Our guided tour started with us looking at a 3D model of the British Library building
established in 1973, prior to that it was part of the British Museum. It was opened in 1998by Queen Elisabeth II. It houses over 170 million items including books, manuscripts, maps, newspapers, magazine prints, drawings, music scores and patents stored beneath the main library in the five levels of basement reaching 24 metres underground as deep as the Victoria line that runs alongside them. There is another site in West Yorkshire. It was designed by architect Colin St. John Wilson, formerly a naval lieutenant and looks like a ship.
We looked at the King’s Library Tower, a prominent part of the building, which houses a collection of King George III’s books. It is made of glass and houses the Library’s rare book collection.
Before peeking through a few reading rooms, we stopped before the Klencke Atlas, the largest atlas in the world until 2012. It was presented to Charles II in 1660 after his restoration to the throne following the English Civil War. It was given by Amsterdam merchants keen for commercial privileges. The atlas contains 41 large wall maps in an ornate binding and were considered to encapsulate the entire knowledge of the world.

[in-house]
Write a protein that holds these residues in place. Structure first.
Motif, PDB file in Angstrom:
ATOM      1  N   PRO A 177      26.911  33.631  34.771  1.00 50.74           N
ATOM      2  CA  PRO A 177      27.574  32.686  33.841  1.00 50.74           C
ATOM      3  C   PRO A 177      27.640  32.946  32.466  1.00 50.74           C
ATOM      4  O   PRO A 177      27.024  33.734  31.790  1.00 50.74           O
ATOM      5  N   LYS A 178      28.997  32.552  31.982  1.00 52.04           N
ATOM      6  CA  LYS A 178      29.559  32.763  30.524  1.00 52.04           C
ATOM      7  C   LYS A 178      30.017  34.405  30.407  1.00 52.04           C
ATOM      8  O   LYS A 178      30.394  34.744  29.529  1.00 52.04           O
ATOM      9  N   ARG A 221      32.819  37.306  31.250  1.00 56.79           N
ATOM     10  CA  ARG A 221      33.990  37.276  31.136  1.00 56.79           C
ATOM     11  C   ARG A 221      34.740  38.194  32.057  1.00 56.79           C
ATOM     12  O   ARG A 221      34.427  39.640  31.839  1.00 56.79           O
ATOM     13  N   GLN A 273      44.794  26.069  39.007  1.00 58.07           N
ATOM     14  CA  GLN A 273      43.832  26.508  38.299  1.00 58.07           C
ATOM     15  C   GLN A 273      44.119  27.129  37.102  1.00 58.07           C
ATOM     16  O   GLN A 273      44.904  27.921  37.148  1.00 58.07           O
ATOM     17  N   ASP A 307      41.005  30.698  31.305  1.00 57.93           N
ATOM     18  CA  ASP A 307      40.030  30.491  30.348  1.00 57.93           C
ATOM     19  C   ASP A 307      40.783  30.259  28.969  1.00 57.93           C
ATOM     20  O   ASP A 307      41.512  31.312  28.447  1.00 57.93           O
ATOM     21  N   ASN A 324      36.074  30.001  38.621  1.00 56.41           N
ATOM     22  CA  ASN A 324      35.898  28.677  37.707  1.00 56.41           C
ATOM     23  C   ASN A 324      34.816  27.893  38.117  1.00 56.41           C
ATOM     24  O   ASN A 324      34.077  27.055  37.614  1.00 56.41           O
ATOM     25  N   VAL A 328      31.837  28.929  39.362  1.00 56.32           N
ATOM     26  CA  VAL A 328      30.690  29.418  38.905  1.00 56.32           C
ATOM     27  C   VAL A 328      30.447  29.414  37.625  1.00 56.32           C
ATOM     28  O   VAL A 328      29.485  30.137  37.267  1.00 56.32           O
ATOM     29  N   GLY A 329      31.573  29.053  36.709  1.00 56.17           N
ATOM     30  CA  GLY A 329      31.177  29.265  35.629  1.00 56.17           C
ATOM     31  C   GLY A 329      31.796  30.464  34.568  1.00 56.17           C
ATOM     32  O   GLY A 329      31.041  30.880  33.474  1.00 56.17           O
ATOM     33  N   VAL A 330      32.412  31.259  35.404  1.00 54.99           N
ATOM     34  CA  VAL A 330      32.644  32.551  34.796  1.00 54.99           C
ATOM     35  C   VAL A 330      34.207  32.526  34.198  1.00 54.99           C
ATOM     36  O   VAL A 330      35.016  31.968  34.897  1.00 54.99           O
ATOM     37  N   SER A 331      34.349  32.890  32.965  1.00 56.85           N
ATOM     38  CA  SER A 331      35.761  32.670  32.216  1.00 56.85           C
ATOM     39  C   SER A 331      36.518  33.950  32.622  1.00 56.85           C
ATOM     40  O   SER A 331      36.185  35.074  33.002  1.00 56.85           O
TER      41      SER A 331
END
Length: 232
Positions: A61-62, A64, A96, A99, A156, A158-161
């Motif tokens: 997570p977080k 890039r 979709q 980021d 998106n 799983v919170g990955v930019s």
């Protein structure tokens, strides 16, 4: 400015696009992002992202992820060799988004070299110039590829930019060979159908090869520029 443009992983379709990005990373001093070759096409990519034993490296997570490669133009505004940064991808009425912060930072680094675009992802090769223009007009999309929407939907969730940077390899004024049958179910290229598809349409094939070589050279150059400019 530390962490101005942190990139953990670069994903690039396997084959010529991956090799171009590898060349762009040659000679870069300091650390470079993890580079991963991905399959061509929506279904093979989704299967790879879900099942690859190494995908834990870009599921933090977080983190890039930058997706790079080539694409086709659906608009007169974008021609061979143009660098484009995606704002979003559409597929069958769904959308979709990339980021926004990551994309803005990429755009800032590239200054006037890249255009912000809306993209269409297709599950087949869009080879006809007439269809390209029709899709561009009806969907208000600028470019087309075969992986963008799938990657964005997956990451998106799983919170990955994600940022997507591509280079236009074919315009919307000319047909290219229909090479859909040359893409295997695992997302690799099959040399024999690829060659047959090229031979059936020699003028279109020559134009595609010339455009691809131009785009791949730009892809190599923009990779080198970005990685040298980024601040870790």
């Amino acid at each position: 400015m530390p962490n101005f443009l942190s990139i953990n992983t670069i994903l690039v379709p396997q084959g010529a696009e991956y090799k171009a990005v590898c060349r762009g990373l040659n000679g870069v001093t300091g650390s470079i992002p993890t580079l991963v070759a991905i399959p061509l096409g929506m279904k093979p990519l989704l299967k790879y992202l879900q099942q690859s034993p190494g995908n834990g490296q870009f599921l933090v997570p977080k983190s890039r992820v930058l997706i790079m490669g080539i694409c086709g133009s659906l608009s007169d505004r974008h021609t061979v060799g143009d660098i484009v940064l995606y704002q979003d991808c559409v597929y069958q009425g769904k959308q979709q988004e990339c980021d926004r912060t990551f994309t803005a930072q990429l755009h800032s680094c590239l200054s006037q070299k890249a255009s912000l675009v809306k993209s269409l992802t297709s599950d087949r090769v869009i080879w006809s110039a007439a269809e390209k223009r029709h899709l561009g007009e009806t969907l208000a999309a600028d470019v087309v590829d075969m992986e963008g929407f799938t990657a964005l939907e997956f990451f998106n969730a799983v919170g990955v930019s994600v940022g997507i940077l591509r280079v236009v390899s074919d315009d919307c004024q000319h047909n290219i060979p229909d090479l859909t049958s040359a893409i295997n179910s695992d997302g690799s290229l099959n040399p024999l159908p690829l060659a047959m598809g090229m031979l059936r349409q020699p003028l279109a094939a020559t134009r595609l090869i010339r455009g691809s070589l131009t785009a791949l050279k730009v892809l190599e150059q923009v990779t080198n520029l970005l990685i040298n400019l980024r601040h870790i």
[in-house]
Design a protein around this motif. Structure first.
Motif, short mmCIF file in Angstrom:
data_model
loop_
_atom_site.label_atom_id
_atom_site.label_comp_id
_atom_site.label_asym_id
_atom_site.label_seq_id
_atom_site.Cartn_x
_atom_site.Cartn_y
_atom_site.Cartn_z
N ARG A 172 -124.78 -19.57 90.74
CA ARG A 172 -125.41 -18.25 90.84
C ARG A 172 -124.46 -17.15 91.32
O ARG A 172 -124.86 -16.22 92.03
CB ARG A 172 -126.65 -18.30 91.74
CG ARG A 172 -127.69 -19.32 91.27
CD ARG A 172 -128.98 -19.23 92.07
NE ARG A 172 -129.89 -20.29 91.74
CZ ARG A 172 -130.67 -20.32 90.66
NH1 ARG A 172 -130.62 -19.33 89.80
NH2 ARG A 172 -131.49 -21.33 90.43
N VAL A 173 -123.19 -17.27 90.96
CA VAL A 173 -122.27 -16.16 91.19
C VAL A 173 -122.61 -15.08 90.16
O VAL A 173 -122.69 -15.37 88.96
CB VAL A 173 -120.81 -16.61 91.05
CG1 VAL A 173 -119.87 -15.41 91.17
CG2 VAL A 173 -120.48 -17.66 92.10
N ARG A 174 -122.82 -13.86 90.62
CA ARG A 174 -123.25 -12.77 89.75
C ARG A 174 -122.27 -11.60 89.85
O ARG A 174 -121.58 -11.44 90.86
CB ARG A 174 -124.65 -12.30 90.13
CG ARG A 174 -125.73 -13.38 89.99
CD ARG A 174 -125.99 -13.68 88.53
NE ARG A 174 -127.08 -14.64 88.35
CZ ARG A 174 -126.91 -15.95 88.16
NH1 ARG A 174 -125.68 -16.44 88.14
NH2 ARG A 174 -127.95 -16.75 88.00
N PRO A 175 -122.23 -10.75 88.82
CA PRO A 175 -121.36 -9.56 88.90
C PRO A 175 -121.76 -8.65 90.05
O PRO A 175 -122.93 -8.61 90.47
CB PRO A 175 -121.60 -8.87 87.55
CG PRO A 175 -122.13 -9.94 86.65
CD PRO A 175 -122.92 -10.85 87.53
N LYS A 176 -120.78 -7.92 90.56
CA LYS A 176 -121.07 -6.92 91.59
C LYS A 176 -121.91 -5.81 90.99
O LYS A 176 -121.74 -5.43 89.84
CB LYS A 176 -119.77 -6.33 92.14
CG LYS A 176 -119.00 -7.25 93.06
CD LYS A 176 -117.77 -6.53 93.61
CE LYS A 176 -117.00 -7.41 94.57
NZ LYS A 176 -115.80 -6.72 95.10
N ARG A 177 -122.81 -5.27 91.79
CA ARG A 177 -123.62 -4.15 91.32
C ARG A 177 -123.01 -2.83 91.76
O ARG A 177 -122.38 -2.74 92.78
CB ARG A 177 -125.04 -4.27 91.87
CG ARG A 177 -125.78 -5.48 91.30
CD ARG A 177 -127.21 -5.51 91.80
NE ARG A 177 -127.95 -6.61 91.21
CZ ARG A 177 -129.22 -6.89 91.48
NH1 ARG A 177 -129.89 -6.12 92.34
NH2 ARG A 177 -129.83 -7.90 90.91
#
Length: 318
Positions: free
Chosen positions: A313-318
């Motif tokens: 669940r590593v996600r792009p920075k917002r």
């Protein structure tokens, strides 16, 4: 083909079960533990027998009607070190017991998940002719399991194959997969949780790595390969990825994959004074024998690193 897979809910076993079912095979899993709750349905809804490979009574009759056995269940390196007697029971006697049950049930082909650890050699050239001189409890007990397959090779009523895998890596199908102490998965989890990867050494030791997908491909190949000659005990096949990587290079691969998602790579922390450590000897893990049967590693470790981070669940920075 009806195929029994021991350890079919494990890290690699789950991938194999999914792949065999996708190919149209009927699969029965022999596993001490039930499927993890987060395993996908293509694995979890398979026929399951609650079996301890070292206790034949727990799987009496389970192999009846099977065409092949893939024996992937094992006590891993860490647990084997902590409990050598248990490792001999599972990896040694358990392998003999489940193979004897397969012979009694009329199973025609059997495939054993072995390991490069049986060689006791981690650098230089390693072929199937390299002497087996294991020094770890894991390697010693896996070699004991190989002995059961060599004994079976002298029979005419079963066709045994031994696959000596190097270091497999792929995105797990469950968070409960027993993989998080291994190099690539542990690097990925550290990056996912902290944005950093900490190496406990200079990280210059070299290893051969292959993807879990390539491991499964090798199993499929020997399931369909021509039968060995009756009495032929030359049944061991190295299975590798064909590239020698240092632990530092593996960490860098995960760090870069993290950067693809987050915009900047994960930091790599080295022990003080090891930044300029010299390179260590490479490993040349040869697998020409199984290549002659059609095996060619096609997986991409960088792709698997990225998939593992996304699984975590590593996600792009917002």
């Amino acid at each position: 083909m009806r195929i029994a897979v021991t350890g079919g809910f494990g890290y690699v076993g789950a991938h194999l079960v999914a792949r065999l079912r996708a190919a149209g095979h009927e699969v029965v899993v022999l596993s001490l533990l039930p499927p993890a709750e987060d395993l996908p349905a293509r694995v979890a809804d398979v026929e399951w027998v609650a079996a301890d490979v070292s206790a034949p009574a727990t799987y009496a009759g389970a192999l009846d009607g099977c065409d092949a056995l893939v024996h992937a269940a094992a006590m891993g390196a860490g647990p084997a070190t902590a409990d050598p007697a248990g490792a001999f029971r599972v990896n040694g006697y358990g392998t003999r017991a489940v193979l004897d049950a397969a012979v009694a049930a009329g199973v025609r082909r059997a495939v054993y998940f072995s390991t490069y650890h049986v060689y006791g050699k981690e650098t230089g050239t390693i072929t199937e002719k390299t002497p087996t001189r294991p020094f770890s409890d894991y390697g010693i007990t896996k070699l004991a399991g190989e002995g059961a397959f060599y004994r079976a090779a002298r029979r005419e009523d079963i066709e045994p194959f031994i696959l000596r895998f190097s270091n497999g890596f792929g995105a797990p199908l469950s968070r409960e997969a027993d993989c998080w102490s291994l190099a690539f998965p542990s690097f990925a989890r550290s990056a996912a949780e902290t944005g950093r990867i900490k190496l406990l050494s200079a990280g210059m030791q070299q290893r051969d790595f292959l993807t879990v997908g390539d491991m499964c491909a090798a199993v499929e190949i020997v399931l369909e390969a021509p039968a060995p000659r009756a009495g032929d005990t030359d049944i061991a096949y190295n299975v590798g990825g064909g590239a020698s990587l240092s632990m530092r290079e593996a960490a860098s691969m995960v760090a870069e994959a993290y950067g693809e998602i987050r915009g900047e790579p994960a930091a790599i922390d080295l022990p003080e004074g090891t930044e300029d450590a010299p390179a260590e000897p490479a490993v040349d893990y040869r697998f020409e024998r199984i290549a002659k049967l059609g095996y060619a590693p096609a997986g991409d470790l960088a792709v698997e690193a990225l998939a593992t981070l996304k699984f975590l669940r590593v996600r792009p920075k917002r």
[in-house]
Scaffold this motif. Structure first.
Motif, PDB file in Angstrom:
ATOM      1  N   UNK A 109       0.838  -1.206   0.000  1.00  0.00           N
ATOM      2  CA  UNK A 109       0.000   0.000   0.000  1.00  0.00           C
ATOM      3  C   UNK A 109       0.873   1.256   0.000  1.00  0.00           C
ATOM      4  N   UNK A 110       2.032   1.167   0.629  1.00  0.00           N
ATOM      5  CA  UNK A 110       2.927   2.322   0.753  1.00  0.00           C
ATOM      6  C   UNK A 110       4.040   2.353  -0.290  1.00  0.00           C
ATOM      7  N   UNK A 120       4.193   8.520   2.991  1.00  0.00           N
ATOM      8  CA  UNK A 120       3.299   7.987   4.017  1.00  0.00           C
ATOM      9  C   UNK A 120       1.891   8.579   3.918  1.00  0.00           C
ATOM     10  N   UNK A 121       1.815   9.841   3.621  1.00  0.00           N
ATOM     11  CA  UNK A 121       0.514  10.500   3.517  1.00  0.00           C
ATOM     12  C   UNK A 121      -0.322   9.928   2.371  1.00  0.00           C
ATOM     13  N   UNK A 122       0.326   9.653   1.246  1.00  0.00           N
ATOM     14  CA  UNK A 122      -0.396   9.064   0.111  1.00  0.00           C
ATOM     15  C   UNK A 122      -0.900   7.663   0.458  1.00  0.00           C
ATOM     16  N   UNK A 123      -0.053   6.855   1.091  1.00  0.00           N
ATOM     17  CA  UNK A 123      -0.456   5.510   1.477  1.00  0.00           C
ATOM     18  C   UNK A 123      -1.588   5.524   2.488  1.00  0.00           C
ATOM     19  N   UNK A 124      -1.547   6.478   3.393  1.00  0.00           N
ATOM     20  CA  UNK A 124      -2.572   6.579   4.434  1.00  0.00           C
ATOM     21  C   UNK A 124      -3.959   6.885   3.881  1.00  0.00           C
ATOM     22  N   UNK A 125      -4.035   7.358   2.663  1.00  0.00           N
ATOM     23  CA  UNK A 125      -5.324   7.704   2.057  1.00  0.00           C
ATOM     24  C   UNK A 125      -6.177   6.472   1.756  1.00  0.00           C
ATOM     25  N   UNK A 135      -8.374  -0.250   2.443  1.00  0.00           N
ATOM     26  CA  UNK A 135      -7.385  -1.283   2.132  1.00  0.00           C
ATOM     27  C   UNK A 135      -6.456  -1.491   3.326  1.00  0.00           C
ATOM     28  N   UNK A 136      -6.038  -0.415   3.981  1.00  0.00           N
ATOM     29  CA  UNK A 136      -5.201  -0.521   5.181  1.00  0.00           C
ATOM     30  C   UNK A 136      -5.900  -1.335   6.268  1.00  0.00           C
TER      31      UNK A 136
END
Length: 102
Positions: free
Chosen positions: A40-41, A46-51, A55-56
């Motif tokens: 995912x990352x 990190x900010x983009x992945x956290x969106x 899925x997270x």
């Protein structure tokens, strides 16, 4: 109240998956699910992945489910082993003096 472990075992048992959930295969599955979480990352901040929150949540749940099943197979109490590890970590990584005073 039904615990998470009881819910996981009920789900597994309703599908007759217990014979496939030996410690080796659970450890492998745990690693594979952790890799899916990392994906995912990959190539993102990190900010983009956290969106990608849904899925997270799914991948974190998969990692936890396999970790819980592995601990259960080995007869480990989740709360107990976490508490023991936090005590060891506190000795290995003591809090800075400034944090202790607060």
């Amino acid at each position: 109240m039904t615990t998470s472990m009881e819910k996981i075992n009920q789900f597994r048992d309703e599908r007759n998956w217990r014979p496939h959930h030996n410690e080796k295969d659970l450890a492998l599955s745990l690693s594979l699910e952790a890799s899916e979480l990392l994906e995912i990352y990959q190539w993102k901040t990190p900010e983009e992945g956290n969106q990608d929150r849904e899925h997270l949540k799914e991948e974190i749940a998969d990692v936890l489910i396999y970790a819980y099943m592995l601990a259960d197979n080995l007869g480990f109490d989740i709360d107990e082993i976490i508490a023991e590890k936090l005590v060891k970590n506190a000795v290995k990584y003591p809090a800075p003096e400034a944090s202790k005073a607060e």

We then went into a specific room inside the treasures room dedicated to two different versions of the Magna Carta. Only four original copies survive. Two are kept in the British Library. One dating back to 1215 badly damaged by fire in 1731 and the other issued in 1225 by King Henry III which became the final and definitive version of Magna Carta. It was this charter, not that of 1215 which was eventually added to the statute roll. It was the first document to put into writing the principle that the king and his government was not above the law.
In the main Treasures room we admired Shakespeare’s First Folio. It is a large volume
containing 36 of his plays with a portrait that defines how many of us still visualise the playwright today. The first folio was published 7 years after Shakespeare’s in death in 1616 by a group of London printers and booksellers.
A copy of the Gutenberg Bible also featuring in the treasures room is one of the earliest major books printed using mass-produced movable metal type in Europe (metal movable type was developed in Korea as early as the 13th century). It was printed by Johannes Gutenberg a printer and publisher around 1455 in Mainz present-day Germany. So much more time would be needed to explore the other riches of the Treasures room like the Beatles lyrics, letters from Gandhi during his time in jail and the list goes on.
We ended our tour with lunch at the Library’s light and airy Terrace restaurant.